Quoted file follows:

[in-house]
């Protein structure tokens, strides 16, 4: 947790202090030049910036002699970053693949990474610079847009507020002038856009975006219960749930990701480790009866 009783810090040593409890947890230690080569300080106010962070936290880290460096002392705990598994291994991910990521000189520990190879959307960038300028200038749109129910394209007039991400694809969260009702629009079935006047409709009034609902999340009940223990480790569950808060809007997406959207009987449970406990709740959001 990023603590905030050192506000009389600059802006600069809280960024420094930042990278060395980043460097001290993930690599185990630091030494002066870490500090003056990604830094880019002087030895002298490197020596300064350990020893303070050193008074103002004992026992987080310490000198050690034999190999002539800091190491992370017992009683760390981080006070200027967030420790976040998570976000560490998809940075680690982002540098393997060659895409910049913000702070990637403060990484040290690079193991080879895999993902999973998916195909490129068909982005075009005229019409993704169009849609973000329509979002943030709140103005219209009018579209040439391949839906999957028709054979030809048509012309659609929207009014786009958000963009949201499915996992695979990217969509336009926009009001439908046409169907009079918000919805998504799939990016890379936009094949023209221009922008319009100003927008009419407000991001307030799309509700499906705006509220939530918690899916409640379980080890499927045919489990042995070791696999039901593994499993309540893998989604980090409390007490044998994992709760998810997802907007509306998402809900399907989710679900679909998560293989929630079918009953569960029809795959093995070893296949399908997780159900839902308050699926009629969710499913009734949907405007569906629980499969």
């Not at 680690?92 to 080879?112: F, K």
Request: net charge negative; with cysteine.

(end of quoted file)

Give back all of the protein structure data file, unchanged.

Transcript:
[in-house]
């Protein structure tokens, strides 16, 4: 947790202090030049910036002699970053693949990474610079847009507020002038856009975006219960749930990701480790009866 009783810090040593409890947890230690080569300080106010962070936290880290460096002392705990598994291994991910990521000189520990190879959307960038300028200038749109129910394209007039991400694809969260009702629009079935006047409709009034609902999340009940223990480790569950808060809007997406959207009987449970406990709740959001 990023603590905030050192506000009389600059802006600069809280960024420094930042990278060395980043460097001290993930690599185990630091030494002066870490500090003056990604830094880019002087030895002298490197020596300064350990020893303070050193008074103002004992026992987080310490000198050690034999190999002539800091190491992370017992009683760390981080006070200027967030420790976040998570976000560490998809940075680690982002540098393997060659895409910049913000702070990637403060990484040290690079193991080879895999993902999973998916195909490129068909982005075009005229019409993704169009849609973000329509979002943030709140103005219209009018579209040439391949839906999957028709054979030809048509012309659609929207009014786009958000963009949201499915996992695979990217969509336009926009009001439908046409169907009079918000919805998504799939990016890379936009094949023209221009922008319009100003927008009419407000991001307030799309509700499906705006509220939530918690899916409640379980080890499927045919489990042995070791696999039901593994499993309540893998989604980090409390007490044998994992709760998810997802907007509306998402809900399907989710679900679909998560293989929630079918009953569960029809795959093995070893296949399908997780159900839902308050699926009629969710499913009734949907405007569906629980499969």
């Not at 680690?92 to 080879?112: F, K």
Request: net charge negative; with cysteine.